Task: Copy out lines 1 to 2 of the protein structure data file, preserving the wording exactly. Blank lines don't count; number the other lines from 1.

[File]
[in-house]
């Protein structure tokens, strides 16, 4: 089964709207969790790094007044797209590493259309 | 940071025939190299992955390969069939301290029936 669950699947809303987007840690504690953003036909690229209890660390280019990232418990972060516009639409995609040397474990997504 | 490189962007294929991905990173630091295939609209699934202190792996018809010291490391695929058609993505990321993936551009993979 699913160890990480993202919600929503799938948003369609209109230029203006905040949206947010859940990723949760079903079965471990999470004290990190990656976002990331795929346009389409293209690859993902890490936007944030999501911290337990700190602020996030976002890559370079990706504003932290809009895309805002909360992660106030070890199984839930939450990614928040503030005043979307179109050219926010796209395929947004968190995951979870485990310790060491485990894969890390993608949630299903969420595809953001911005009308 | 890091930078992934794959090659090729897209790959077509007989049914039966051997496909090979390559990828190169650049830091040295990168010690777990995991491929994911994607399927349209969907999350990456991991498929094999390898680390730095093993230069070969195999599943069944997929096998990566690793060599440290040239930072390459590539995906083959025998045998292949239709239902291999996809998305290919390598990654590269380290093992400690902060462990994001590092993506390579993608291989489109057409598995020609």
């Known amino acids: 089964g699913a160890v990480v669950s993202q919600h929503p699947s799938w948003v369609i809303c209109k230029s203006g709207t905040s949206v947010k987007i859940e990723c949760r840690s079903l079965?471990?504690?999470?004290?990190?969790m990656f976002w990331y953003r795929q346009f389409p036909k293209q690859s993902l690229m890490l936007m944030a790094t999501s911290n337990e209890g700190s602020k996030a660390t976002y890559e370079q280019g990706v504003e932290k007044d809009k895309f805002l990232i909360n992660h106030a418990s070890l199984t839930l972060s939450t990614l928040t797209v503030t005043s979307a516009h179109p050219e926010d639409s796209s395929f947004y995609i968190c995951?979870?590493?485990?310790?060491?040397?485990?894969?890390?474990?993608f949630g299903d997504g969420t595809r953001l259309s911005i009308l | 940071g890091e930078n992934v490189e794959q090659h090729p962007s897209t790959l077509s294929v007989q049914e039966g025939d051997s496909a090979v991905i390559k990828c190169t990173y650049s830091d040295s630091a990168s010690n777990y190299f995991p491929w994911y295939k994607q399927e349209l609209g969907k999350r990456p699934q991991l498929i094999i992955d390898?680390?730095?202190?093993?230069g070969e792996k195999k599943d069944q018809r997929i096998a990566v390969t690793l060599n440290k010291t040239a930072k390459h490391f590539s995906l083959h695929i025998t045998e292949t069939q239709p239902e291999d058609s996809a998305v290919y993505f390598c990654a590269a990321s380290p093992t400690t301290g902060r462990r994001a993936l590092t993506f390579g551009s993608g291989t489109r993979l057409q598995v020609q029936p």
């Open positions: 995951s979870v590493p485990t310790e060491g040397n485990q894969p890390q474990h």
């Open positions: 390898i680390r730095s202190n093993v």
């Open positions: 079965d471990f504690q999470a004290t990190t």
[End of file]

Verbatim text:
[in-house]
């Protein structure tokens, strides 16, 4: 089964709207969790790094007044797209590493259309 | 940071025939190299992955390969069939301290029936 669950699947809303987007840690504690953003036909690229209890660390280019990232418990972060516009639409995609040397474990997504 | 490189962007294929991905990173630091295939609209699934202190792996018809010291490391695929058609993505990321993936551009993979 699913160890990480993202919600929503799938948003369609209109230029203006905040949206947010859940990723949760079903079965471990999470004290990190990656976002990331795929346009389409293209690859993902890490936007944030999501911290337990700190602020996030976002890559370079990706504003932290809009895309805002909360992660106030070890199984839930939450990614928040503030005043979307179109050219926010796209395929947004968190995951979870485990310790060491485990894969890390993608949630299903969420595809953001911005009308 | 890091930078992934794959090659090729897209790959077509007989049914039966051997496909090979390559990828190169650049830091040295990168010690777990995991491929994911994607399927349209969907999350990456991991498929094999390898680390730095093993230069070969195999599943069944997929096998990566690793060599440290040239930072390459590539995906083959025998045998292949239709239902291999996809998305290919390598990654590269380290093992400690902060462990994001590092993506390579993608291989489109057409598995020609």